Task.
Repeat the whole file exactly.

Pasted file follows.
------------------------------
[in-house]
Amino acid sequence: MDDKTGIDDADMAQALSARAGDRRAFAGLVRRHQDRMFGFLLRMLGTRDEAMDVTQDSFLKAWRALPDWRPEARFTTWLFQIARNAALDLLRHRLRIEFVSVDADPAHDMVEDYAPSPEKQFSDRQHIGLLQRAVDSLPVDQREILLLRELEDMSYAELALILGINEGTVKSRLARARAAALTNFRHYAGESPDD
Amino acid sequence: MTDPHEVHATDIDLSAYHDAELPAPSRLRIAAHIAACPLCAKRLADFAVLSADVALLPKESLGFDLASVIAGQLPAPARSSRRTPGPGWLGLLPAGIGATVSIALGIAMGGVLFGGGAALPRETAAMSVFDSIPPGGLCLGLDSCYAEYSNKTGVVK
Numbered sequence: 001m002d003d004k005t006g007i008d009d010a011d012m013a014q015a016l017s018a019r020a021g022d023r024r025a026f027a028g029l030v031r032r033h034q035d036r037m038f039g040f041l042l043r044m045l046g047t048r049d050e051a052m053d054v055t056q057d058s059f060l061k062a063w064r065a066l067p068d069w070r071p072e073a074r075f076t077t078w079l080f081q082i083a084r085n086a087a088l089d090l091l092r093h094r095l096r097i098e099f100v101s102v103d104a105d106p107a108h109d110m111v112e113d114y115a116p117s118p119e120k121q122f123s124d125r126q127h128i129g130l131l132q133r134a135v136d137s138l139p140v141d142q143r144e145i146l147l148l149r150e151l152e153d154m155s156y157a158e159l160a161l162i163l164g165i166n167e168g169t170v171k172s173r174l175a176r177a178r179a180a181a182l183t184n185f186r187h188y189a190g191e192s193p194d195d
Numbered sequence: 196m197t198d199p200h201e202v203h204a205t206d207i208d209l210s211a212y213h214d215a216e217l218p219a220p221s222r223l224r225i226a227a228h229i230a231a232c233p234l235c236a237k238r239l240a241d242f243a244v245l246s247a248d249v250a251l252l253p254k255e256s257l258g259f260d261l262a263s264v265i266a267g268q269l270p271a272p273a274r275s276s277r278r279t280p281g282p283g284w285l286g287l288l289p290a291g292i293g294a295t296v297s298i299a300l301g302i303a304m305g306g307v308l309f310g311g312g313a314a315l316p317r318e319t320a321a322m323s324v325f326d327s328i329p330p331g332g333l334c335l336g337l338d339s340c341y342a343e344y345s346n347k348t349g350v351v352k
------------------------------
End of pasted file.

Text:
[in-house]
Amino acid sequence: MDDKTGIDDADMAQALSARAGDRRAFAGLVRRHQDRMFGFLLRMLGTRDEAMDVTQDSFLKAWRALPDWRPEARFTTWLFQIARNAALDLLRHRLRIEFVSVDADPAHDMVEDYAPSPEKQFSDRQHIGLLQRAVDSLPVDQREILLLRELEDMSYAELALILGINEGTVKSRLARARAAALTNFRHYAGESPDD
Amino acid sequence: MTDPHEVHATDIDLSAYHDAELPAPSRLRIAAHIAACPLCAKRLADFAVLSADVALLPKESLGFDLASVIAGQLPAPARSSRRTPGPGWLGLLPAGIGATVSIALGIAMGGVLFGGGAALPRETAAMSVFDSIPPGGLCLGLDSCYAEYSNKTGVVK
Numbered sequence: 001m002d003d004k005t006g007i008d009d010a011d012m013a014q015a016l017s018a019r020a021g022d023r024r025a026f027a028g029l030v031r032r033h034q035d036r037m038f039g040f041l042l043r044m045l046g047t048r049d050e051a052m053d054v055t056q057d058s059f060l061k062a063w064r065a066l067p068d069w070r071p072e073a074r075f076t077t078w079l080f081q082i083a084r085n086a087a088l089d090l091l092r093h094r095l096r097i098e099f100v101s102v103d104a105d106p107a108h109d110m111v112e113d114y115a116p117s118p119e120k121q122f123s124d125r126q127h128i129g130l131l132q133r134a135v136d137s138l139p140v141d142q143r144e145i146l147l148l149r150e151l152e153d154m155s156y157a158e159l160a161l162i163l164g165i166n167e168g169t170v171k172s173r174l175a176r177a178r179a180a181a182l183t184n185f186r187h188y189a190g191e192s193p194d195d
Numbered sequence: 196m197t198d199p200h201e202v203h204a205t206d207i208d209l210s211a212y213h214d215a216e217l218p219a220p221s222r223l224r225i226a227a228h229i230a231a232c233p234l235c236a237k238r239l240a241d242f243a244v245l246s247a248d249v250a251l252l253p254k255e256s257l258g259f260d261l262a263s264v265i266a267g268q269l270p271a272p273a274r275s276s277r278r279t280p281g282p283g284w285l286g287l288l289p290a291g292i293g294a295t296v297s298i299a300l301g302i303a304m305g306g307v308l309f310g311g312g313a314a315l316p317r318e319t320a321a322m323s324v325f326d327s328i329p330p331g332g333l334c335l336g337l338d339s340c341y342a343e344y345s346n347k348t349g350v351v352k